Back in 1980 the managers of the Deseret Ranch’s Sage Creek cattle ranch on Route 120 just south of Cody, Wyoming, pushed some dirt into a wet draw and created a 150-acre cattle watering tank. They named it Stewart Lake, and near the ranch headquarters they bulldozed another watering hole (40 acres) they called Wylie Lake. Then, in 1993, Lovell, Wyoming, guide Steve Bassett convinced the ranchers that he could manage the place as a pay-for-play fishing lake.
By 1997 stories were circulating about huge trout being taken in the food-rich, shallow lake, and last April I visited what had been modestly renamed “Monster Lake.” It was an experience.
In April the lake lay gleaming like a shiny puddle in a high-plains coulee. Cattle lounged across the hillsides and meandered here and there along the road leading down to the lake. Clouds scudded across a cold Wyoming sky, and a biting wind pushed miniature whitecaps against the car tires lining the lake dam.
We fished in kick boats and float tubes, trolling olive or black Woolly Buggers (tied with Squirrel Brite dubbing), Bead-head Buggers, olive or black rabbit-strip leeches, and olive mohair leech patterns. We repeatedly hooked rainbows and browns ranging from two to three pounds. It was early-season fishing, before the massive hatches of late spring and summer and before the lake’s aqueous weeds had grown to the surface and complicated fishing.
We kick-trolled the flies, paddling, stopping and stripping, then kicking again. The trout took after the pauses, on the kick, and on the strips. We quickly lost the fish count and experimented with flies and colors until we became satiated with hooking, landing, and releasing fish on virtually all the flies we threw on Teeny 130- and 200-grain heads. Then we pumped to shore for food and rest.
The cutthroats were spawning along the dam, the only place they had to try it in the manmade lake. We watched the guides cast to the cruising flame-red cutts. Males up to five pounds attacked the flies and came to hand with hooked kypes and vents that dripped white milt (cutts don’t spawn successfully in the lake). After spring, the cutts go deep and become extremely difficult to catch.
Then we stood on a shoreline ledge and sight cast to cruising rainbows and browns and caught more fatties as the shadows crept across the lake. It had been a typical early-season day on Monster Lake, but the season changes dramatically as the spring solstice approaches, the lake’s waters warm, and aquatic insects burst forth.
After ice-out (March 1 to April 1), orange scud patterns tied on #6 Daiichi hooks take 90 percent of the fish. Also at ice-out, a Clouser Minnow with a white top, burnt-orange bottom, and dark-olive tail matches the 2- to 5-inch leopard leeches in the lake. And olive or grizzly Zonkers and dark-olive bead-head leech imitations are deadly. During late April, Denny Rickards’s Stillwater Nymph is a lake favorite.
In the first two weeks of May, Monster Lake’s midge hatches (#14-#16) come off in dense swarms and trout feed greedily on the surface. Browns, rainbows, and brookies are taken on Barr midge imitations and #18 Pheasant Tails fished on 3X or 4X tippets and 6- or 7-weight rods with enough reserve power to horse fish free of the rapidly growing weeds. The trout gorge in the shallows and they can be stalked from shore.
From the last week of May through June 7, Monster Lake has superb dry-fly fishing to Callibaetis hatches (#14-#16 Parachute Adams) that come off from 11 A.M. to 3 P.M. When the water temperature reaches 60 degrees, large trout can take from 50 to 100 yards of backing, and many fish are lost in the weeds if you use less than 1X or 2X tippets.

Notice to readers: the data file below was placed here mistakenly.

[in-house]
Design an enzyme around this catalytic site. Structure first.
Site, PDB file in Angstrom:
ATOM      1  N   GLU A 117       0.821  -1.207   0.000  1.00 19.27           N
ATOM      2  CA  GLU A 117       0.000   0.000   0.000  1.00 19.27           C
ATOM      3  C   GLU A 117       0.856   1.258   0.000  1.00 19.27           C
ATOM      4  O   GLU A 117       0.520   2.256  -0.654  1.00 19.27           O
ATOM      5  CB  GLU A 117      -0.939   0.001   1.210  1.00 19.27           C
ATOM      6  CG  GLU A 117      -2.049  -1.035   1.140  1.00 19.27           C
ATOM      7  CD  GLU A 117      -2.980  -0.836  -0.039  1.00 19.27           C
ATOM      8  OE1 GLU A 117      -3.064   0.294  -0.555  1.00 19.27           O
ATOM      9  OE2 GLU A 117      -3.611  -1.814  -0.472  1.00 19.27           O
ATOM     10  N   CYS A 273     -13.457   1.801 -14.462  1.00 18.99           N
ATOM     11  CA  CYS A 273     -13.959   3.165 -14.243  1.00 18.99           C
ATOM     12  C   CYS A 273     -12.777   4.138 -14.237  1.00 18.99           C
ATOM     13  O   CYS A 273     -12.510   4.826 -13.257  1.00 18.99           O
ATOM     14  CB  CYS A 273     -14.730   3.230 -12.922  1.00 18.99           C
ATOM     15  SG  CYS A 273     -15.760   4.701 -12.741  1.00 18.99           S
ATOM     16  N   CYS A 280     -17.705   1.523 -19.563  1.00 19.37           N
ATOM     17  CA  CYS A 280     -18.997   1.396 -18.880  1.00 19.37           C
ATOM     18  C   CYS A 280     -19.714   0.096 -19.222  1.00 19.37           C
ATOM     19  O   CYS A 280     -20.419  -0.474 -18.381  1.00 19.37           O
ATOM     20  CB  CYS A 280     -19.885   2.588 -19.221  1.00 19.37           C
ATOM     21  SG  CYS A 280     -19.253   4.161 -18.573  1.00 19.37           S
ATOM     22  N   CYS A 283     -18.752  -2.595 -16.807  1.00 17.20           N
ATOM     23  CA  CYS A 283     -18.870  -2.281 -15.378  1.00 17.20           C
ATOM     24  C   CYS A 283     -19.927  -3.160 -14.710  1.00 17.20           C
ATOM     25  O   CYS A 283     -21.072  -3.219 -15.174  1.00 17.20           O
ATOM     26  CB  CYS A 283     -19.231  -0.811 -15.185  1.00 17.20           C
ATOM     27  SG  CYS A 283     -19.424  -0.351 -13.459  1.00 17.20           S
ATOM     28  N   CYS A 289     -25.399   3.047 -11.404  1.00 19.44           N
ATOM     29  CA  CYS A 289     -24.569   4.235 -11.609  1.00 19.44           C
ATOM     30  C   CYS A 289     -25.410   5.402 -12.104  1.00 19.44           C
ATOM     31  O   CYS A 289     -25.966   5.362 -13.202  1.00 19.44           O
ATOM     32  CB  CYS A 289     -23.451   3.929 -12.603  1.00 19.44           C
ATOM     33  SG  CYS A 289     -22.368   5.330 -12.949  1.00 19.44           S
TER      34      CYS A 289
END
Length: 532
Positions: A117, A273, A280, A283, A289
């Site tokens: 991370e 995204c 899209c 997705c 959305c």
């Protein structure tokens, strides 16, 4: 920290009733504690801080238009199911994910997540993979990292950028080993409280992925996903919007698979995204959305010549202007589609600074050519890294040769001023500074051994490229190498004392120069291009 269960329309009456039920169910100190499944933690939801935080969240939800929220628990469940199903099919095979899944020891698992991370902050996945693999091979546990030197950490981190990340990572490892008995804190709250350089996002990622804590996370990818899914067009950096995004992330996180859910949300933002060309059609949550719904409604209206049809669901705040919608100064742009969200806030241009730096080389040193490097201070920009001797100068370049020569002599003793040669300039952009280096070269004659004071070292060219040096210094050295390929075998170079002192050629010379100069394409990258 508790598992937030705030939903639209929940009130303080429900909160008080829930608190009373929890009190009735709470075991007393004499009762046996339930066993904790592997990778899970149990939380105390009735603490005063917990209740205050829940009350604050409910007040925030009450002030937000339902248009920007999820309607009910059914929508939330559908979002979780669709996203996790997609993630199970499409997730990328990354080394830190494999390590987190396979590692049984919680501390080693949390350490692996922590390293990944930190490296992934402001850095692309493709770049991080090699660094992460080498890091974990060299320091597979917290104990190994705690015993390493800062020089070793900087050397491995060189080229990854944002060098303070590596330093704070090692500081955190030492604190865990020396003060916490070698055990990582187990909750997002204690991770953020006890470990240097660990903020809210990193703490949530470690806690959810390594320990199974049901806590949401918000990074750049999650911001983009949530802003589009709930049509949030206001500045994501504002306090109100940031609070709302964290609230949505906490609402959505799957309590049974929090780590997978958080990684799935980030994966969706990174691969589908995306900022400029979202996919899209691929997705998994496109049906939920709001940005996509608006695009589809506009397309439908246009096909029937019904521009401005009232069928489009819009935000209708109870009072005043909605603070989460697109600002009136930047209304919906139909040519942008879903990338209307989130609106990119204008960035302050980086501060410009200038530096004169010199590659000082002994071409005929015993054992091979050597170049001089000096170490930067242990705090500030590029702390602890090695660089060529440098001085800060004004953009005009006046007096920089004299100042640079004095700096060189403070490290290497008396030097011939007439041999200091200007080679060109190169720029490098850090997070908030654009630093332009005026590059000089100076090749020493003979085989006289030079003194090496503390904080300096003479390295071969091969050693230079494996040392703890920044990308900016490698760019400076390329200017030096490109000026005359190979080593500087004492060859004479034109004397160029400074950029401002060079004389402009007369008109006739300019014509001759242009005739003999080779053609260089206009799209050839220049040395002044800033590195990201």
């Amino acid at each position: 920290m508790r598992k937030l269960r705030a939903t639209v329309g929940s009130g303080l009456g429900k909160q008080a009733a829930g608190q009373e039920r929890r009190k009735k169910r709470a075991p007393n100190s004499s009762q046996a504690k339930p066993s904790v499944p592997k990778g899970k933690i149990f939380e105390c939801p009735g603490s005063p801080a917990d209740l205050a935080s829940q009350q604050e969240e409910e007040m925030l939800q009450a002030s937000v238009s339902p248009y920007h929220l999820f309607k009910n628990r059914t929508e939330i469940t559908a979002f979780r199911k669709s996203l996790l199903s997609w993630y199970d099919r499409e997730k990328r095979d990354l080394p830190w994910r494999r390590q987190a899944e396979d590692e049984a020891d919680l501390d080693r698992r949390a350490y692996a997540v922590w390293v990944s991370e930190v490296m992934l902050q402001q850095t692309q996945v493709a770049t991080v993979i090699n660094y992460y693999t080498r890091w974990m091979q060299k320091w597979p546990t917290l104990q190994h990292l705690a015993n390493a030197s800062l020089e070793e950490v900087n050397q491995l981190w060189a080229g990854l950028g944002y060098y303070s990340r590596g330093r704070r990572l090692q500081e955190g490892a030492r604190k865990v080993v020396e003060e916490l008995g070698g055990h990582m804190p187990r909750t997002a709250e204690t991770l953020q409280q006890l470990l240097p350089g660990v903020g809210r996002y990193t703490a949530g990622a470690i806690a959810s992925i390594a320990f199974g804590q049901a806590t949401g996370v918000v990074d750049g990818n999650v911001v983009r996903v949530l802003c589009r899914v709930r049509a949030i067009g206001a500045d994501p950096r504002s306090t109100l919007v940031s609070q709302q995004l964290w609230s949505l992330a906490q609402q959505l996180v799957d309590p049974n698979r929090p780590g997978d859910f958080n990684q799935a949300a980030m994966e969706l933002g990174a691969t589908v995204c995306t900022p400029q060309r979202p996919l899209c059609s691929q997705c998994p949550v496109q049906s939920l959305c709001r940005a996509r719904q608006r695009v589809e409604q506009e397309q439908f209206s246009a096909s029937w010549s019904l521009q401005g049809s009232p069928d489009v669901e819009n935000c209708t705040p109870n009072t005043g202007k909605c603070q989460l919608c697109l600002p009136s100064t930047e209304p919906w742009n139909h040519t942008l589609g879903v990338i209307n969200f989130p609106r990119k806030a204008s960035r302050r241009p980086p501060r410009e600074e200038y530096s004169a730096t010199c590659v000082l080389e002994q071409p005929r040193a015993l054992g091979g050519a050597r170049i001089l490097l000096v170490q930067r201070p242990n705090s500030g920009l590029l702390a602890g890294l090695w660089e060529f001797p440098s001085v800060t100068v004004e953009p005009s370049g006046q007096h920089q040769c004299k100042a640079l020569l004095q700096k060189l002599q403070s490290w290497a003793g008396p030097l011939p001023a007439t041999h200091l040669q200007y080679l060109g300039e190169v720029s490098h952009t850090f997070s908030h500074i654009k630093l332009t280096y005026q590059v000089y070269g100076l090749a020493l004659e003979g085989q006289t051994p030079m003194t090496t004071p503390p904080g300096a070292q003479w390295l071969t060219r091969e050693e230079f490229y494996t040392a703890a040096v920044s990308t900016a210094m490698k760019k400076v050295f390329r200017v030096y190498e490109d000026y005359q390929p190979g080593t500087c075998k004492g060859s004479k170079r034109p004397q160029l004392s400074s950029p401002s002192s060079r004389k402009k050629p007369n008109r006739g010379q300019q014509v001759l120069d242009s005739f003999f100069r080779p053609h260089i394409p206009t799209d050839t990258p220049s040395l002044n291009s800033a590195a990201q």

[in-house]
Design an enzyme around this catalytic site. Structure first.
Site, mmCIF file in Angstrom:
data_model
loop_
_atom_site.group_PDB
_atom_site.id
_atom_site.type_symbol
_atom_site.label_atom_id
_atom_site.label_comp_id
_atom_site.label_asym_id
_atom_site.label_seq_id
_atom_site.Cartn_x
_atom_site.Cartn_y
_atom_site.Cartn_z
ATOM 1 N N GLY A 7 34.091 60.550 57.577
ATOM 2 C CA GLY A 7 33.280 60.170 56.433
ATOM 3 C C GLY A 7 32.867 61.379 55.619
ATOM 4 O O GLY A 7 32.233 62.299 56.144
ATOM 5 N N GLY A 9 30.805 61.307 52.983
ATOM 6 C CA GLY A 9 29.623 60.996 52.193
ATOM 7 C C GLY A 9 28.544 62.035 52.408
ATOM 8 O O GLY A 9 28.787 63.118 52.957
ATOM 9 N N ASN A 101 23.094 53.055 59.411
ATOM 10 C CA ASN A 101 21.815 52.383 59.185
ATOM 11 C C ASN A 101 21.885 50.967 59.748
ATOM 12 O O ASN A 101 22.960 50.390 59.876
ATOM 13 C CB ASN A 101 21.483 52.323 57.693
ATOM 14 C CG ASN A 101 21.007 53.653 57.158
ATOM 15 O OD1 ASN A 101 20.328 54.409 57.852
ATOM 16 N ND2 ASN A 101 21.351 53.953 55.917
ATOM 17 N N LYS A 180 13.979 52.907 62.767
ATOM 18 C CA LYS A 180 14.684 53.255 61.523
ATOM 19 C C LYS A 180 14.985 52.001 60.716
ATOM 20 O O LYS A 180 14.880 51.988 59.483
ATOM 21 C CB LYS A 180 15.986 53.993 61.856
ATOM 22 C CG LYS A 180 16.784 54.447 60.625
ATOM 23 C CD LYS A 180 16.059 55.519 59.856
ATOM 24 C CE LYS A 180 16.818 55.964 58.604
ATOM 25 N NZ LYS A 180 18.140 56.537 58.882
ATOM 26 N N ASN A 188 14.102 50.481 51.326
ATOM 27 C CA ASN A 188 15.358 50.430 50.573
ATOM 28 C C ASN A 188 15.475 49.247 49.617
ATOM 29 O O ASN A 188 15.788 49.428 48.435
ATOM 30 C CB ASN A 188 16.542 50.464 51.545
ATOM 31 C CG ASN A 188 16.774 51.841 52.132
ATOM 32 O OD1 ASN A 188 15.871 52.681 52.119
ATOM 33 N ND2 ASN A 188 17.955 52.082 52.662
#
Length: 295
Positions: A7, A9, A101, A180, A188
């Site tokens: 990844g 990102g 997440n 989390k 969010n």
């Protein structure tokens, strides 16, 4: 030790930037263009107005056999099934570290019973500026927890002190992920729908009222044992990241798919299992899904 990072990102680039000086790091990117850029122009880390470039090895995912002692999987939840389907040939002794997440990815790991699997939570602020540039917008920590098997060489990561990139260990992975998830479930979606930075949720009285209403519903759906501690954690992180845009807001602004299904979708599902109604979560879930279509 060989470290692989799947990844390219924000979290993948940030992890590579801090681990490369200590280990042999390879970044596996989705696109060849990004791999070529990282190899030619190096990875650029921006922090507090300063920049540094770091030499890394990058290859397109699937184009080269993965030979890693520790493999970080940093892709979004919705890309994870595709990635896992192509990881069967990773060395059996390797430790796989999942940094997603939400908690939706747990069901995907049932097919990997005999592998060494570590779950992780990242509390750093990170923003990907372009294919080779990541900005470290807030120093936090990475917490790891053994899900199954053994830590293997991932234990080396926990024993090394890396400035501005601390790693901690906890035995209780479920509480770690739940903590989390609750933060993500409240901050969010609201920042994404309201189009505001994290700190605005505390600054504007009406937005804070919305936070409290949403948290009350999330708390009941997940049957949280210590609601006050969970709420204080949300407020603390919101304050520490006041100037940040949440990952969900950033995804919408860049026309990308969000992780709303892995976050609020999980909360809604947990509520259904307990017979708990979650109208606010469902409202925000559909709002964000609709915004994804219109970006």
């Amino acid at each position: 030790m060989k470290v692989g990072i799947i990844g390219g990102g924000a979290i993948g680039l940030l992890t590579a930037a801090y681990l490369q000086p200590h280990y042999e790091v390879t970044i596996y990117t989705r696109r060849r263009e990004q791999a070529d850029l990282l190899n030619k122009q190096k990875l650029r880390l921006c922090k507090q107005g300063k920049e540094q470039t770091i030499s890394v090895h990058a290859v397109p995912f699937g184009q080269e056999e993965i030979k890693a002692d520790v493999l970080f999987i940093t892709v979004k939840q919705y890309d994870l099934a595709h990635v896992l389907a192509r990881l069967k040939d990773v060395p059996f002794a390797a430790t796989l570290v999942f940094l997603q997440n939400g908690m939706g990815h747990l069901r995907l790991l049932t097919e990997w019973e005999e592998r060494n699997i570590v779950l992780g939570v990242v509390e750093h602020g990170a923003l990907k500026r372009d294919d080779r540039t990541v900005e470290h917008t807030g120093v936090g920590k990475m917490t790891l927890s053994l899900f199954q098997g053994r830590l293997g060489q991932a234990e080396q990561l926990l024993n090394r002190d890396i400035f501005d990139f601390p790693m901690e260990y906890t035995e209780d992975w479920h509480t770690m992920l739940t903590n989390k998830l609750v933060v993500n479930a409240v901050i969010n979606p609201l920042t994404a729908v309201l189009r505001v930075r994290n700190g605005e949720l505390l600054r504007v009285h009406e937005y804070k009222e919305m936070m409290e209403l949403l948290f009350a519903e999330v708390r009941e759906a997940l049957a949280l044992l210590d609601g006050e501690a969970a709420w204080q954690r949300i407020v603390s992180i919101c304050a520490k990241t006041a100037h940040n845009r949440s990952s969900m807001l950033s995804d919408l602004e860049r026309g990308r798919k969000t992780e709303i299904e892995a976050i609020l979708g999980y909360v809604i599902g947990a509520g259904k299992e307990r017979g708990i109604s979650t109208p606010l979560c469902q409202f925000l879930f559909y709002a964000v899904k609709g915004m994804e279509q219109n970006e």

The lake’s damselfly nymphs begin their shoreward migrations in mid-June and become a favored trout food through the first week of August. Nymphs and emerger imitations are the ticket, including Steve Bassett’s #12 bead-head tied with olive/tan sparkle dubbing on Tiemco 200R hooks with an olive marabou tail. He also fishes his olive/rust/olive nymph tied on #8 Daiichi 2220 hooks with an olive marabou tail, and his #12 damsel emerger fished in the film. The damsel emerger is tied on a wide-gap hook and has an olive dubbed body, a blue foam top, and an olive rabbit-strip tail.
From the last week in June through the first week in August, the capering sedge creates high drama at Monster Lake. The fish chase and catch the water-running insects, and anglers skate a Goddard Caddis downwind across the surface to draw explosive strikes from giant rainbows and browns. Hooking is exhilarating, but playing and landing present challenges in the lake’s weedy waters.
October can be the best fishing at this lake. As water temperatures cool, the beefy trout move into the shallows to chase flat-head shiners (they turn blackish after they spawn). The days are cool and the fishermen few, and the fishing is with a Steiner Duck-tail Minnow. Anglers take large fall-spawning brookies and browns at the dam shallows, and 30-fish days make the season’s end special.
This year most rainbows and browns at Monster Lake will average around seven pounds and brookies will average around four pounds. Anglers can fish Monster or Corral lakes (35 acres) for four-year-old rainbows (three to four pounds) and cutthroats (one to eight pounds); they use leech and Mysis shrimp imitations. The best fishing is in May and September.
Anglers stay at Cody motels, and air service is easy from Denver into the Cody airport. Fishing fees are $175 per rod per day and $150 for each successive day, with a limit of 10 Rods leased per day. Kick-boats and float-tubes are provided. For booking information, call (800) 840-5137.